The impact of parental death on school enrollment and achievement: Longitudinal evidence from South Africa
AbstractWe analyse longitudinal data from a demographic surveillance area (DSA) in KwaZulu-Natal, to examine the impact of parental death on children's outcomes. We find significant differences in the impact of mothers' and fathers' deaths. The loss of a child's mother is a strong predictor of poor schooling outcomes. Maternal orphans are significantly less likely to be enrolled in school, and have completed significantly fewer years of schooling, conditional on age, than children whose mothers are alive. Less money is spent on their educations on average, conditional on enrolment. Moreover, children whose mothers have died appear to be at an educational disadvantage when compared to non-orphaned children with whom they live. We use the timing of mothers' deaths relative to children's educational shortfalls to argue that mothers' deaths have a causal effect on children's educations. The loss of a child's father is a significant predictor of household socioeconomic status. Children whose fathers have died live in significantly poorer households, measured on a number of dimensions. However, households in which fathers died were poor prior to fathers' deaths. The death of a father between waves of the survey has no significant effect on subsequent household economic status. While the loss of a father is correlated with poorer educational outcomes, this correlation arises because a father's death is a marker that the household is poor. Evidence from the South African 2001 Census suggests that the estimated effects of maternal deaths on children's school attendance and attainment in the Africa Centre DSA reflect the reality for orphans throughout South Africa.
Download InfoIf you experience problems downloading a file, check if you have the proper application to view it first. In case of further problems read the IDEAS help page. Note that these files are not on the IDEAS site. Please be patient as the files may be large.
Bibliographic InfoPaper provided by Southern Africa Labour and Development Research Unit, University of Cape Town in its series SALDRU/CSSR Working Papers with number 097.
Date of creation: 2004
Date of revision:
Contact details of provider:
Postal: Leslie Social Science Building, Private Bag, Rondebosch, 7701
Phone: +27 21 650 5696
Fax: +27 21 650 5697
Web page: http://www.saldru.uct.ac.za/
More information through EDIRC
Other versions of this item:
- Anne Case & Cally Ardington, 2005. "The impact of parental death on school enrollment and achievement: Longitudinal evidence from South Africa," Working Papers 240, Princeton University, Woodrow Wilson School of Public and International Affairs, Center for Health and Wellbeing..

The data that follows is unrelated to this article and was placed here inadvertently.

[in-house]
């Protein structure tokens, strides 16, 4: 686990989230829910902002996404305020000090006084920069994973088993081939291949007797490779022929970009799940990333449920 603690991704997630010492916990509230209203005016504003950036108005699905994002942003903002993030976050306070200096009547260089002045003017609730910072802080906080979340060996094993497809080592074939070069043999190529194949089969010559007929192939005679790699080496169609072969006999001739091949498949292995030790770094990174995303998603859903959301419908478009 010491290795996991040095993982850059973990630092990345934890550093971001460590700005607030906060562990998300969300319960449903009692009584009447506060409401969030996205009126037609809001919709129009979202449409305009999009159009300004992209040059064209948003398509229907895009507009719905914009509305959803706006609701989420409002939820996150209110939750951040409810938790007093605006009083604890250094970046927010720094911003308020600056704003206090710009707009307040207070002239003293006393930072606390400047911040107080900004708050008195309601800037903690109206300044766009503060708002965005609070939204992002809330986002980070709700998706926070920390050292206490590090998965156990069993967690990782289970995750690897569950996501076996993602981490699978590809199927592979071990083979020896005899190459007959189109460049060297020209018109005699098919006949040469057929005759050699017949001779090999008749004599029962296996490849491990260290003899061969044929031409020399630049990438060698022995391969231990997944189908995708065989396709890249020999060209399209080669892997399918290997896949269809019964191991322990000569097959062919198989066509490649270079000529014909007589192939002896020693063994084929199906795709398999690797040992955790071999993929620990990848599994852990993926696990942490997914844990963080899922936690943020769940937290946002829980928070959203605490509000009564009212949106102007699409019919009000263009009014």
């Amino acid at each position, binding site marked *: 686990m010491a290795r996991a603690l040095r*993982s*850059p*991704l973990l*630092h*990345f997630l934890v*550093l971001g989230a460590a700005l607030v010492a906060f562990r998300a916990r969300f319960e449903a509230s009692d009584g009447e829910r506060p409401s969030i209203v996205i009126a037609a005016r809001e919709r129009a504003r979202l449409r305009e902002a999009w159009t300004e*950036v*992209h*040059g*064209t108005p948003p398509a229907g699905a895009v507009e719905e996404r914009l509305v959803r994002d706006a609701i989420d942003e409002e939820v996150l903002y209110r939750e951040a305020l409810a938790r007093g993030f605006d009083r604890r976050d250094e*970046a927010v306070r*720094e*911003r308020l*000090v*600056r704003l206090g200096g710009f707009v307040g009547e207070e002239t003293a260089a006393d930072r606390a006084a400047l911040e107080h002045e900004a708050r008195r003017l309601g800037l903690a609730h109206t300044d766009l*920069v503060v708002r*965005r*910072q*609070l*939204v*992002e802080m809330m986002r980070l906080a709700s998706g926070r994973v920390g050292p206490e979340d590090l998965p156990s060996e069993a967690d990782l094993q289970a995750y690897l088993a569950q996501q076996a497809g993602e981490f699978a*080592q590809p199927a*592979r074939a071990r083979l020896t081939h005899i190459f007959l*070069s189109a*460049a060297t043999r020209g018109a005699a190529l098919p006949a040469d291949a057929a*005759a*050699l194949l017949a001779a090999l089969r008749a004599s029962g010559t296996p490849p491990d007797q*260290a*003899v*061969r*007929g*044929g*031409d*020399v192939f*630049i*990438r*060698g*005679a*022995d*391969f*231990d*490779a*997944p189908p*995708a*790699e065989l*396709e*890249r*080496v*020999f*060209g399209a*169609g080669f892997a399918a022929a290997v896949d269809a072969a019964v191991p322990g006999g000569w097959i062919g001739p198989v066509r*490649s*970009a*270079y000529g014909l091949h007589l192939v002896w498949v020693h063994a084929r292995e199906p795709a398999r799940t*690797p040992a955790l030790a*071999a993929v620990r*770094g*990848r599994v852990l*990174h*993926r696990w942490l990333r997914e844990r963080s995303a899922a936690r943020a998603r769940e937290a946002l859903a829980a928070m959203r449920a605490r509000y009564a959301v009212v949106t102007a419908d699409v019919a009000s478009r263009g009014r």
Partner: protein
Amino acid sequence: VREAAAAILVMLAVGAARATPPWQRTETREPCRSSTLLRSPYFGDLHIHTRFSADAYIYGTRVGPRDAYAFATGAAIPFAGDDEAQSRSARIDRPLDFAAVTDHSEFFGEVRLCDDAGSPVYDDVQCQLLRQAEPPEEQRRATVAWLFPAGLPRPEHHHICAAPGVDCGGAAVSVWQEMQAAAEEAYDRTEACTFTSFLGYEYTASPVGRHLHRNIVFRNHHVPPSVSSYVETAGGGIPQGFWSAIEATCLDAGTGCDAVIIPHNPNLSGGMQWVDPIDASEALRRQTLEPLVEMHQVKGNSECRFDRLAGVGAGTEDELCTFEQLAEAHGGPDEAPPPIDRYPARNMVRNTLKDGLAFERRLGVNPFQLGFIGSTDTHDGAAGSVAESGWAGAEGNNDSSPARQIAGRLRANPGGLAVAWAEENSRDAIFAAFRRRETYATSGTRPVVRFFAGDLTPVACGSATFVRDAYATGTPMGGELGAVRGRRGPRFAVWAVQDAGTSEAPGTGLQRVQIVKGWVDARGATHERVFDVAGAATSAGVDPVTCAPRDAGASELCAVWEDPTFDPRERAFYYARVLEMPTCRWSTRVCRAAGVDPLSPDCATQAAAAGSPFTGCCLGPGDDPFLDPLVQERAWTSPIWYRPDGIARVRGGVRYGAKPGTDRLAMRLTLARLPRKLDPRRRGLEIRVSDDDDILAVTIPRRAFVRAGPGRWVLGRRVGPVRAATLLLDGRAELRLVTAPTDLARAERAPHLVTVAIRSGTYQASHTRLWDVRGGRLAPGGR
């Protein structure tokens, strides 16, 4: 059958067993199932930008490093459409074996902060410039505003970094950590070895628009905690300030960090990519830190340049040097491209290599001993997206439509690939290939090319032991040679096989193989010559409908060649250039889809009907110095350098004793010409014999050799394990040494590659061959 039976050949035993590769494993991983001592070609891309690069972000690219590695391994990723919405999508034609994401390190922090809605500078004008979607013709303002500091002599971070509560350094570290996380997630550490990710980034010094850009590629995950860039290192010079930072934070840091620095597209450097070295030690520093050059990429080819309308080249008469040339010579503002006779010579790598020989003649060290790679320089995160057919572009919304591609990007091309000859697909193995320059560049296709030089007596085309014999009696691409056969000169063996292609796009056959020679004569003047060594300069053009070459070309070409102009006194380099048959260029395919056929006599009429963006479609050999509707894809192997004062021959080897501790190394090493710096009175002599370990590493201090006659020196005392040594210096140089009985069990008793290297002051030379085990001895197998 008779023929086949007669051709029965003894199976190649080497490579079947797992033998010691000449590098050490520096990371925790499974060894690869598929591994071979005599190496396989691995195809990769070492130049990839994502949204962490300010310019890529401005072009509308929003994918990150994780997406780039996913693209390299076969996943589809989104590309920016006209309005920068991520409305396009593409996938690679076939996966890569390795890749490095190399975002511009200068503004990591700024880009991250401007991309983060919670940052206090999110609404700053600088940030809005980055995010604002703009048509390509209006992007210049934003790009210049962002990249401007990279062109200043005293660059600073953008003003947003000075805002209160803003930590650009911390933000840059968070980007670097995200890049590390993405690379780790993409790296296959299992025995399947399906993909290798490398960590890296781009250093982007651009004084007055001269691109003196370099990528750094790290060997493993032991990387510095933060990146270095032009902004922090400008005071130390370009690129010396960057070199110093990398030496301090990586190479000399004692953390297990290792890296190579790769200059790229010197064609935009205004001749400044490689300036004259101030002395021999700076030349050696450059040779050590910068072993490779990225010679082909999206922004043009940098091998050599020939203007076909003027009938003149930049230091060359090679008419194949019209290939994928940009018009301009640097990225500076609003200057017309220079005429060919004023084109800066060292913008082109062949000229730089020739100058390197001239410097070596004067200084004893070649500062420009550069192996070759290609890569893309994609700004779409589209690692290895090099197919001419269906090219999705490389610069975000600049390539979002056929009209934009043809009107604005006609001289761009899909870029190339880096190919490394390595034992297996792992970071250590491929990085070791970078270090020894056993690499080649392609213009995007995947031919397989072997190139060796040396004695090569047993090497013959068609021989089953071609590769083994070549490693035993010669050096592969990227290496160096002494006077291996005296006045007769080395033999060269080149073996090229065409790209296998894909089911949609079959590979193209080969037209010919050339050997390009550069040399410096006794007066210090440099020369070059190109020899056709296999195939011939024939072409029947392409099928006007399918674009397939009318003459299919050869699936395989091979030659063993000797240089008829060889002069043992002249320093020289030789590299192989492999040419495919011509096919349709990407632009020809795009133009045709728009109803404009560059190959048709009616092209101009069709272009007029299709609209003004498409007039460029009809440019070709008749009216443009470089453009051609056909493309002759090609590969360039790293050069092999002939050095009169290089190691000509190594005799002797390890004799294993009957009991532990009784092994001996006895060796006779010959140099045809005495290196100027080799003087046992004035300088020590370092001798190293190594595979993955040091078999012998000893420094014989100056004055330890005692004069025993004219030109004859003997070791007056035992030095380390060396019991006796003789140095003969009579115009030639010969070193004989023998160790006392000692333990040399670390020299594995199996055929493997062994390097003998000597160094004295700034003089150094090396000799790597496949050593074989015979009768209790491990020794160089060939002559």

- Anne Case & Cally Ardington, 2005. "The impact of parental death on school enrollment and achievement: Longitudinal evidence from South Africa," Working Papers 168, Princeton University, Woodrow Wilson School of Public and International Affairs, Research Program in Development Studies..
You can help add them by filling out this form.
CitEc Project, subscribe to its RSS feed for this item.
- Claudia Olivetti & Francesco Strobbe & Mireille Jacobson, 2011.
"Breaking The Net: Family Structure And Street Children In Zambia,"
Boston University - Department of Economics - Working Papers Series
WP2011-042, Boston University - Department of Economics.
- Francesco Strobbe & Claudia Olivetti & Mireille Jacobson, 2010. "Breaking the Net: Family Structure and Street Children in Zambia," Brooks World Poverty Institute Working Paper Series 11110, BWPI, The University of Manchester.
- Christopher Ksoll, 2007. "Family Networks and Orphan Caretaking in Tanzania," Economics Series Working Papers 361, University of Oxford, Department of Economics.
- Edmonds, Eric V., 2006. "Child labor and schooling responses to anticipated income in South Africa," Journal of Development Economics, Elsevier, vol. 81(2), pages 386-414, December.
- Mont, Daniel & Nguyen, Cuong, 2013.
"Does Parental Disability Matter to Child Education? Evidence from Vietnam,"
Elsevier, vol. 48(C), pages 88-107.
- Cuong, Nguyen Viet & Mont, Daniel, 2011. "Does parental disability matter to child education ? evidence from Vietnam," Policy Research Working Paper Series 5743, The World Bank.
- World Bank, 2008. "Mozambique - Beating the Odds : Sustaining Inclusion in a Growing Economy - A Mozambique Poverty, Gender, and Social Assessment, Volume 1. Main Report," World Bank Other Operational Studies 7981, The World Bank.
- Sudeshna Maitra, 2006. "Population Growth and Rising Dowries: The Long-Run Mechanism of a Marriage Squeeze," Working Papers 2006_9, York University, Department of Economics.
- Rubén Castro & Jere Behrman & Hans-Peter Kohler, 2011. "Perception of HIV risk and the quantity and quality of children: The case of rural Malawi," Working Papers 20, Facultad de Economía y Empresa, Universidad Diego Portales.
- Ainsworth, Martha & Filmer, Deon, 2006. "Inequalities in children's schooling: AIDS, orphanhood, poverty, and gender," World Development, Elsevier, vol. 34(6), pages 1099-1128, June.
For technical questions regarding this item, or to correct its authors, title, abstract, bibliographic or download information, contact: (Alison Siljeur).
If references are entirely missing, you can add them using this form.